Global sanctions guide

  1. Does Mexico have a sanctions regime in place? 

Yes. Pursuant to Article 133 of the Constitution of Mexico, international treaties are part of Mexican law. Mexico has signed and ratified numerous international treaties about international legal cooperation on criminal matters, among them: the UN Convention against Illicit Traffic in Narcotic Drugs and Psychotropic Substances 1998; the UN Convention against Transnational Organized Crime (Palermo Convention) 2000; the Inter-American Convention against Corruption of 1996; and the Forty recommendations of the International Finance Action Group (“GAFI”) 1990.

  1. Does Mexico implement UN sanctions? 

Yes. As a member of the UN, Mexico must apply and follow UN resolutions.

  1. Does Mexico implement an autonomous sanctions regime? 

Yes. However, to the extent that Mexico implements autonomous sanctions, these are domestic measures only.

For example, Mexico has implemented the Federal Criminal Code (Código Penal Federal) on security matters. Specifically, terrorist activity affecting Mexico’s security is regulated by Articles 139 to 148. The consequence of breaching those articles is usually imprisonment, although economic penalties are available.

Additionally, Anti-Money Laundering (“AML”) provisions intended to indirectly combat terrorism financing are in full force and effect. Breach of these AML provision can lead to both administrative sanctions and criminal sanctions.

Mexico also has the Federal Law against the Organized Crime, which governs the investigation, prosecution, sanction and penalties for crimes committed by organised crime members, including terrorist financing. The consequence for breach of these provisions is almost always imprisonment.

  1. What is the nature of the sanctions regime in Mexico? 

In general terms, the nature of the offences are criminal, and penalised under criminal dispositions.

The most frequently applied measures are:

  • The Federal Criminal Code provides that a prison sentence of between 15 and 40 years, and the corresponding economic penalty, shall be imposed upon those who attempt to or do finance terrorism, both national and international
  • in connection with organised crime, sanctions are very severe from prison to goods assurance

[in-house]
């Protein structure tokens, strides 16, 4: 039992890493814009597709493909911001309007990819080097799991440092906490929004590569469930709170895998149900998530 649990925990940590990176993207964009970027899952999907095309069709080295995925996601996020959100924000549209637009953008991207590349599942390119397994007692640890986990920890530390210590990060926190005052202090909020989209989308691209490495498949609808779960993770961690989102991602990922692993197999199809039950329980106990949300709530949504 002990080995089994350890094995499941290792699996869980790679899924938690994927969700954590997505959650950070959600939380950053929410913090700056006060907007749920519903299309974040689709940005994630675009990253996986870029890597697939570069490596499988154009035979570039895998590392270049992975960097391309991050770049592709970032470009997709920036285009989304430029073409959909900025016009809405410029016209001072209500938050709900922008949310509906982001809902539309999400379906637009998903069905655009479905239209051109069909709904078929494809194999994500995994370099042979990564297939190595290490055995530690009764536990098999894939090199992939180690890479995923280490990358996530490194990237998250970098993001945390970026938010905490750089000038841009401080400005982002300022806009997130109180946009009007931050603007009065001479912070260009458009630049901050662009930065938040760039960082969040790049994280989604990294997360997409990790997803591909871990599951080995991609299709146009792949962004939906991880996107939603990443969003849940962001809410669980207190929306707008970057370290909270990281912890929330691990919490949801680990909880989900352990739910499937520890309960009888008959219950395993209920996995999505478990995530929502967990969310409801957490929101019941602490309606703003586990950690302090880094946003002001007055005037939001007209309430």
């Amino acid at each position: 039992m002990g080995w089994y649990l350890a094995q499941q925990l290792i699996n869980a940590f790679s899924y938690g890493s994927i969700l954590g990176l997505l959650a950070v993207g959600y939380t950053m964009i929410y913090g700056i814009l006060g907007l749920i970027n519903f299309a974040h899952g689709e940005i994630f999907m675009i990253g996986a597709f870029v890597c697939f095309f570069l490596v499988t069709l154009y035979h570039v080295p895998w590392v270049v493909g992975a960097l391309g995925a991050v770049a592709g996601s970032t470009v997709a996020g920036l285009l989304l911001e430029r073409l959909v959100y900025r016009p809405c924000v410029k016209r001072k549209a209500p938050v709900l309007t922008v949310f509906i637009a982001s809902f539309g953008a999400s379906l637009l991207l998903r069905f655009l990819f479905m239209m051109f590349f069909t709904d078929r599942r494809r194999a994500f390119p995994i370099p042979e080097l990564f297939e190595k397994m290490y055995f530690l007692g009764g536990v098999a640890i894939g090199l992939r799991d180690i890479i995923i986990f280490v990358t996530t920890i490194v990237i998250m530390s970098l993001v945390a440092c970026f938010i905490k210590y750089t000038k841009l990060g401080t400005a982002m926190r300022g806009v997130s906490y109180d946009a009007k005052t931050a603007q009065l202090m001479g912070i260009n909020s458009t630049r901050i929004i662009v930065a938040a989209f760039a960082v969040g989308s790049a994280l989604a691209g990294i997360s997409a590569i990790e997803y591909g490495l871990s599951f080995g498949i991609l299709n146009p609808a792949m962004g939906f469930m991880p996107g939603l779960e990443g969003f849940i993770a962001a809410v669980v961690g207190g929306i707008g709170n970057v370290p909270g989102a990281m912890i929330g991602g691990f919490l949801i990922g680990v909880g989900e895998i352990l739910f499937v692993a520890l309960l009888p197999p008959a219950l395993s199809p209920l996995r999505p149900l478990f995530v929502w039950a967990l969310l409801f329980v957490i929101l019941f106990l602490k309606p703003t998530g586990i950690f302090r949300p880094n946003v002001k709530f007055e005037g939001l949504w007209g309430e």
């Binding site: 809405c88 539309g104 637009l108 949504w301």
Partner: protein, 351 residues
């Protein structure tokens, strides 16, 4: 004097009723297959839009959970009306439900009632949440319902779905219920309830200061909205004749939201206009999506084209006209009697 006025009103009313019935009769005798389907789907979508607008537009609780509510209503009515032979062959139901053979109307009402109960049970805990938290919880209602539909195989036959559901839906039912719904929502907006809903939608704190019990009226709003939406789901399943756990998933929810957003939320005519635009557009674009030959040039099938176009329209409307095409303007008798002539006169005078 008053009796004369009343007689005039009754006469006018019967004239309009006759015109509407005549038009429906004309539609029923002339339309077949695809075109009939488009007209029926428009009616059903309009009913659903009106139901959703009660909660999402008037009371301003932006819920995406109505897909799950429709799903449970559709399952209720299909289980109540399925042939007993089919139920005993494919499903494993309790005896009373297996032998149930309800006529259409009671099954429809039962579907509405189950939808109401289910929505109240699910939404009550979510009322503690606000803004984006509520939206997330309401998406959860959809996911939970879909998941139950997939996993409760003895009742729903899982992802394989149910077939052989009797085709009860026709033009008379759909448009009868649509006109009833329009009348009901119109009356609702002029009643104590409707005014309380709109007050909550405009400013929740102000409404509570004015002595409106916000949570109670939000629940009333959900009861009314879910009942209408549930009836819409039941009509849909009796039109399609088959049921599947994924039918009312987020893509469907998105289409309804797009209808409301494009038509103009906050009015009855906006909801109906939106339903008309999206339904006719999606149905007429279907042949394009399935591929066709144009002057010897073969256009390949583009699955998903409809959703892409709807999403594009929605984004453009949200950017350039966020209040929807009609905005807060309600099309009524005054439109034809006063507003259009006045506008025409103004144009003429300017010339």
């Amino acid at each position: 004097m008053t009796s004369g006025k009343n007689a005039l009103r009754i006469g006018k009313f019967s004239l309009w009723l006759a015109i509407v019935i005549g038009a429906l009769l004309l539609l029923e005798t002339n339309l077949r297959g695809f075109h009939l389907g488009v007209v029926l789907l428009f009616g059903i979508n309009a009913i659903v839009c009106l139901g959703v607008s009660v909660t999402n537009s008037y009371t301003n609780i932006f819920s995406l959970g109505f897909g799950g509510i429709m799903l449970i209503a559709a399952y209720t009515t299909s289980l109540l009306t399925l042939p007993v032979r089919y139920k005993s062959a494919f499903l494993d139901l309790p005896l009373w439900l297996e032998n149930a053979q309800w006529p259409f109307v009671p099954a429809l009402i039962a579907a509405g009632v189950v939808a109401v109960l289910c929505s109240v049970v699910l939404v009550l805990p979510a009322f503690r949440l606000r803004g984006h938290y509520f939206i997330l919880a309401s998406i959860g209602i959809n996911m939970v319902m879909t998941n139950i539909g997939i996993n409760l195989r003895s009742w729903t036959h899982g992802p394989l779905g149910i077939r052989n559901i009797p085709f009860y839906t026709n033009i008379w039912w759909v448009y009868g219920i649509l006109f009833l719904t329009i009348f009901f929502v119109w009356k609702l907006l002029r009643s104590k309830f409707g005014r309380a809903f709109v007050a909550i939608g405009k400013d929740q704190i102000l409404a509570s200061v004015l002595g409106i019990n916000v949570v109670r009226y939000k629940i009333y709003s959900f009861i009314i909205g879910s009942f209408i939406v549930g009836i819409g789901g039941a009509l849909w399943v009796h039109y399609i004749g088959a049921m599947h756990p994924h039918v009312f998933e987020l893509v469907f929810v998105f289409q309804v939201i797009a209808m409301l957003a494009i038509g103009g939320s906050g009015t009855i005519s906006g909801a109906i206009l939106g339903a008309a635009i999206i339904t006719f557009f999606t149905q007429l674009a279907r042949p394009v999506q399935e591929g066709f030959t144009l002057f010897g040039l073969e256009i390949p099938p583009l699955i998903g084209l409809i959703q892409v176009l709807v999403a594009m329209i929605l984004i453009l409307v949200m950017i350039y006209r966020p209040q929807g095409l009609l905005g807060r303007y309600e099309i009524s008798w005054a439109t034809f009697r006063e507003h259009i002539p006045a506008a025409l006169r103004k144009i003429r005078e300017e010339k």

• in connection with the breach of AML provisions, sanctions range from economic fines to disqualification of the public servant
  • arms embargoes
  • bans on exporting equipment that might be used for internal repression
  • export controls
  • asset freezes and financial sanctions on designated individuals and corporate entities
  • travel bans on named individuals
  • bans on imports of raw materials or goods from the sanctions target
  1. Does Mexico maintain a list of sanctioned individuals and entities? 

The UIF (Finance Intelligence Unit), part of the tax ministry in Mexico, maintains a list containing the sanctioned individuals and entities that have breached AML provisions.

The General Attorney of the Republic (PGR) also maintains a list of the most wanted persons and sanctioned individuals and entities committing a crime.

Finally, Mexico refers to the lists maintained by the US’s Drug Enforcement Administration and the Federal Bureau of Investigation for investigation processes.

  1. Are there any other lists related to sanctions? 


  1. Does Mexico have a licensing or authorisation system in place? 

The Export Control Organisation may issue specific licences in relation to the export of strategic or controlled goods that are subject to sanction and embargo regimes.

  1. What are the consequences for a breach of sanctions in Mexico? 

The penalties for breaching sanctions can vary depending on the regulatory regime. Faults involving any criminal activity, such as financing terrorism, are sanctioned under criminal dispositions with imprisonment for both the criminal and any  accomplices, regardless of the economic fines that might be imposed.

In relation to AML, entities acting in breach of financial provisions can also be subject to sanctions, from economic fines to disqualification of public servants, including public notaries.

It is also a criminal offence to export strategic or controlled goods that are subject to sanction and embargo regimes without a specific licence issued by the Export Control Organisation. The export of some goods is banned outright. Penalties can vary depending on the nature of the offence. They include: revocation of a licence, seizure of goods, issuing of a compound penalty fine, and imprisonment.

Any individual found guilty of an offence under the Federal Criminal Code for dealings with a terrorist organisation is liable on conviction to imprisonment for up to 40 years, regardless of the economic fine.

  1. Who are the relevant regulators in Mexico and what are their contact details?

The Foreign Ministry is responsible for international relations regarding security.

Plaza Juárez #20
Colonia Centro
Del. Cuauhtémoc
Distrito Federal
CP 06010

T: (+52) 3686-5100
F: (+52) 3686-5582

The Finance Intelligence Unit of the Tax Ministry is responsible for Anti-Money Laundering detection and sanction.

Avenida Constituyentes #1001
Planta Baja
Colonia Belén de las Flores
Delegación Álvaro Obregón
Distrito Federal
CP 01110

The General Attorney of the Republic is responsible for criminal prosecution.

Avenida Paseo de la Reforma #211-213
Colonia Cuauhtémoc
Delegación Cuauhtémoc
Distrito Federal
CP 06500

T: (+52) 5346-0000


Contributor law firm

Daniel Del Río, Rodolfo Barreda and Fernando González, Basham, Ringe y Correa, S.C. Paseo de los Tamarindos 400-A 9° Piso Bosques de Las Lomas, México D.F.

T: (+52 55) 5261 0432
F: (+52 55) 5261 0496